personally insulting them, sure, and then they respond to him in a way that
makes them look smaller. He hurts them by saying things that they will
have to respond to, that they don`t want to respond to. And I`m with
Victoria here, I`m not surprised that the other candidates have remained
silent about what Donald Trump has said, because they`re afraid of the
Republican Party, republican primary party base. They don`t want to say
anything that will upset that base and have that base turn its back on
them. And that`s actually very shameful that you can`t -- you have people
who are aspiring to be the leader of this country, who don`t have enough
guts to turn around and tell someone, you cannot talk about people that
way, that is beneath the dignity of the office of president of the United
States.

SHARPTON: You know, Victoria, I mentioned this before, the newest 2016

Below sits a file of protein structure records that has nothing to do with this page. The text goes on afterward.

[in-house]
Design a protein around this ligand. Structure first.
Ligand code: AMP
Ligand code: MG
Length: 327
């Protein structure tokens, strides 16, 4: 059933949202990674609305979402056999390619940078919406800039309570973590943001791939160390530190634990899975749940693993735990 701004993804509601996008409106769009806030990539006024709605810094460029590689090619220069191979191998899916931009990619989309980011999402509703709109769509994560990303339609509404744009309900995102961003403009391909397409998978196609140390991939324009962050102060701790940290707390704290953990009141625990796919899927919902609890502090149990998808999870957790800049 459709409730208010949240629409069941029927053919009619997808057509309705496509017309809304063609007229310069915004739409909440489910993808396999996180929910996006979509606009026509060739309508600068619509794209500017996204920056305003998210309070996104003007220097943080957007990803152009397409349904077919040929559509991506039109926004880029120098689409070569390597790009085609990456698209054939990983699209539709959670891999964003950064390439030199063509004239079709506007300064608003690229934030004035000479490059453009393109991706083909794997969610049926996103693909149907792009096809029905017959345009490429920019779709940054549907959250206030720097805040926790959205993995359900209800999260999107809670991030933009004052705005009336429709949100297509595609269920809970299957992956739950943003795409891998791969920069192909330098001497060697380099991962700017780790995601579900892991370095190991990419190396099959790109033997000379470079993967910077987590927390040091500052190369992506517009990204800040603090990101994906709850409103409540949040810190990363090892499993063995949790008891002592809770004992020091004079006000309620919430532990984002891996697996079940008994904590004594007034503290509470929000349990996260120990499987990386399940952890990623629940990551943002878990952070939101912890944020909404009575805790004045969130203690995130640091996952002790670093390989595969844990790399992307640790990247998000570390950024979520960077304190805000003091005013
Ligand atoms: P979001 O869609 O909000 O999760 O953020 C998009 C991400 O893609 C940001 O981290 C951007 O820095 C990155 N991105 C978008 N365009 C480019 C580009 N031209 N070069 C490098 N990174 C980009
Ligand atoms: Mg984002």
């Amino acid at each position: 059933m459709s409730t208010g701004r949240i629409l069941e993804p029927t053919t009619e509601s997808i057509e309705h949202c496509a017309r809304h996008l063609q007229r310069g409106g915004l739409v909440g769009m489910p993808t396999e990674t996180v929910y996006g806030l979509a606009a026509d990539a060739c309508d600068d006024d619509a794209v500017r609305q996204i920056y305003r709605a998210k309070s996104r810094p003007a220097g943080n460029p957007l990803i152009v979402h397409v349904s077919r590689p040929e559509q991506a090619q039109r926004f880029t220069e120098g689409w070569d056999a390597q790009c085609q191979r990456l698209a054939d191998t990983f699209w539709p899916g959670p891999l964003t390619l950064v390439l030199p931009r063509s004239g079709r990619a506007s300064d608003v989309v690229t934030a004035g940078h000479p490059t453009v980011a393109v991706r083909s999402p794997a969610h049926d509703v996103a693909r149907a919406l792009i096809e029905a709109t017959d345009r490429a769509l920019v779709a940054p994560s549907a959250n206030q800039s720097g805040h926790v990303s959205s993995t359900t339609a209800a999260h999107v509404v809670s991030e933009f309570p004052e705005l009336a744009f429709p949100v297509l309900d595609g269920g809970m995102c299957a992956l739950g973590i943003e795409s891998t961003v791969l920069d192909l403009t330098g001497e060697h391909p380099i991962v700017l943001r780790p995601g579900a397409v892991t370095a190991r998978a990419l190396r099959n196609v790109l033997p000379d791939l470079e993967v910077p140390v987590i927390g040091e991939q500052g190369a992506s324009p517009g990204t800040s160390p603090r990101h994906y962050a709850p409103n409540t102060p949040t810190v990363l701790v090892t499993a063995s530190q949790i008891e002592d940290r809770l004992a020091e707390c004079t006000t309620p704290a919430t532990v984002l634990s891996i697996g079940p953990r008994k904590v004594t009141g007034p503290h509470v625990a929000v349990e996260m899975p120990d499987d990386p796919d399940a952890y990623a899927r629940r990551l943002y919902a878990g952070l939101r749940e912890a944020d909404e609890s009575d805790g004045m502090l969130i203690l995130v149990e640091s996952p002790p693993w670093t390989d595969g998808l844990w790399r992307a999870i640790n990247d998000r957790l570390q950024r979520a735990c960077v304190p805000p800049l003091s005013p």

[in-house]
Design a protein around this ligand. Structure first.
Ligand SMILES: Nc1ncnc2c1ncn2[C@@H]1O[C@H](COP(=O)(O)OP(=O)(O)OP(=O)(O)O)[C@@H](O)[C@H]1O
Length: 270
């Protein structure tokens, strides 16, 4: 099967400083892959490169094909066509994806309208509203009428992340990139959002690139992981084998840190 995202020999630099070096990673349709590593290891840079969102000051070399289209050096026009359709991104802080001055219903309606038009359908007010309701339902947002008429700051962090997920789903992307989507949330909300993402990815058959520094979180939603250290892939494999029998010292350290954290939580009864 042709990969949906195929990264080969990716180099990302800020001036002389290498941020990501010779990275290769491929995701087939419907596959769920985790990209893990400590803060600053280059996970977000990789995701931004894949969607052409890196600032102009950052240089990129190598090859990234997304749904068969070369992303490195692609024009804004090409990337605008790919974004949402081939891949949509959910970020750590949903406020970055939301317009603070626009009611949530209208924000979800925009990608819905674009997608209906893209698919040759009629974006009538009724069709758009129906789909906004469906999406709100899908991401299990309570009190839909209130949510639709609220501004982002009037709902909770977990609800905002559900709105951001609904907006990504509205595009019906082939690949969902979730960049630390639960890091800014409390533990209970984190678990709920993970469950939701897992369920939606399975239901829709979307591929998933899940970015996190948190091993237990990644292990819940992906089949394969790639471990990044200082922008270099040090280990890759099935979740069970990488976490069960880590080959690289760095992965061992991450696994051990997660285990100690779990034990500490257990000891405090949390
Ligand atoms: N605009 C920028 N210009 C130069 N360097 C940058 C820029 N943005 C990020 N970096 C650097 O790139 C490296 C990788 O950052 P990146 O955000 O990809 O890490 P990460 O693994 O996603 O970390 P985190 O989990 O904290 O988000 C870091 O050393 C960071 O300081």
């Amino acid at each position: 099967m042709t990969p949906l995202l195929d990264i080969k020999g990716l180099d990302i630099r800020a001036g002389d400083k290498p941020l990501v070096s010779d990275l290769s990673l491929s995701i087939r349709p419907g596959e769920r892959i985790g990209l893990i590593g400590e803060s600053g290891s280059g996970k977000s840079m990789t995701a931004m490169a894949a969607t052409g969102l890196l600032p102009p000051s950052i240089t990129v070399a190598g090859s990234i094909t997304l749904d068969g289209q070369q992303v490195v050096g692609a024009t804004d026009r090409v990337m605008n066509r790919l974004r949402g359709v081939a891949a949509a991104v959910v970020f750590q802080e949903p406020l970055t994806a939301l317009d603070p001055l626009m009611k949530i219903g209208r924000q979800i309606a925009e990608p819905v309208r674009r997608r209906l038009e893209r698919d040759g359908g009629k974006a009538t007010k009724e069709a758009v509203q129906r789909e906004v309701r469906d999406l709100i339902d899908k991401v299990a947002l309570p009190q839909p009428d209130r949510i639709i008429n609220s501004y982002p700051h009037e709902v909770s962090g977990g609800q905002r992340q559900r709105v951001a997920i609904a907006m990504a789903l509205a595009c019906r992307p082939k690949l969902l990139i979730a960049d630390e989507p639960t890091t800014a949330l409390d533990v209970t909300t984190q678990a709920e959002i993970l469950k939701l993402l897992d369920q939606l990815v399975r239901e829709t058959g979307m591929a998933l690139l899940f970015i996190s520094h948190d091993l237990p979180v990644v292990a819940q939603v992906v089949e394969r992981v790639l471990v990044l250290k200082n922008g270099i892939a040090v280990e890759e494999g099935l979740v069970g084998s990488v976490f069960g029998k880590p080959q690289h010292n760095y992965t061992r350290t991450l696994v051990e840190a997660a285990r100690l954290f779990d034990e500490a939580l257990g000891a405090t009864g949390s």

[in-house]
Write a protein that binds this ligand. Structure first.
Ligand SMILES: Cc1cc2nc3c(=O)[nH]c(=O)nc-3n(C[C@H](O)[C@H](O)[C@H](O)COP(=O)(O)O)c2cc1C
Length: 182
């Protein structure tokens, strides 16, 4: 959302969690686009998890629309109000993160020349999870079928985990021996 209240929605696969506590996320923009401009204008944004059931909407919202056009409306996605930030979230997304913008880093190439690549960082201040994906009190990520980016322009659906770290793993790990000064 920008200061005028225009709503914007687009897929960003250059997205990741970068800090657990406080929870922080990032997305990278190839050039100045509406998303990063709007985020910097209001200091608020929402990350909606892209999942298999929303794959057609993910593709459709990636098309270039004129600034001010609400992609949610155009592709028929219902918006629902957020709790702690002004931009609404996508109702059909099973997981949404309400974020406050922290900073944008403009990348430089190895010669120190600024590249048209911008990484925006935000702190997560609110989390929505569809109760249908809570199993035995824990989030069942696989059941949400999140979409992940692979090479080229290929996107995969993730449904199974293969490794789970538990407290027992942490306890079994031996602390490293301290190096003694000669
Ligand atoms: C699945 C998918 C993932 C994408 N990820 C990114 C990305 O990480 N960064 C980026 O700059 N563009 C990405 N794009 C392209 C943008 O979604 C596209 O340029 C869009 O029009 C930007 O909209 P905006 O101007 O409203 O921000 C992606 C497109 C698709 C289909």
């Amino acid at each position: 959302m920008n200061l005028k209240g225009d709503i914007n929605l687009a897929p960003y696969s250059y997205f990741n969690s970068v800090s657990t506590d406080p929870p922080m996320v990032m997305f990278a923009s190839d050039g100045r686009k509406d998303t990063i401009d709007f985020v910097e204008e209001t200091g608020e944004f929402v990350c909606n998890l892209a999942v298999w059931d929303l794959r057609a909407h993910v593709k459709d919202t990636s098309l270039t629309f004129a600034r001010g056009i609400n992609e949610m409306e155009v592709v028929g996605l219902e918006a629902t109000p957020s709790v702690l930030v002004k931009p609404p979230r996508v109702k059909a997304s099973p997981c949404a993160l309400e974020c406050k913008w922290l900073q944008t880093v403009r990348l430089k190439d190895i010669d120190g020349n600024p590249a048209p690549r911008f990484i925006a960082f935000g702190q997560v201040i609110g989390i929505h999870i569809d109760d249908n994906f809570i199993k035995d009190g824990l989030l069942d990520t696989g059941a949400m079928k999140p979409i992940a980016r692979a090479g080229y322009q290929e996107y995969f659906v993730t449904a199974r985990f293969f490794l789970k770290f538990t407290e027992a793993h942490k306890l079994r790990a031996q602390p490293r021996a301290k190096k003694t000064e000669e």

poll has Trump in second place. I mean, with 12 percent, mind you. A lot
of it could be name recognition, but this is remarkable. Second place.
What do you think Reince Priebus is doing about this right now?

SOTO: I think he`s banging his head against the wall. That`s what I think
he`s doing. And after he finishes doing that, I think he needs to talk to
his party and say, we need -- remember that big tent we talked about after
our loss in 2012? We need to start moving in that direction. And yes,
there is the primary coming up, but there is a general election, and if the
Republicans want to win the White House, they need to broaden that tent. I
mean, this is a God-send to the Democratic Party. You know, the comments
by Trump make Steve King look like a mild moderate. So this rhetoric needs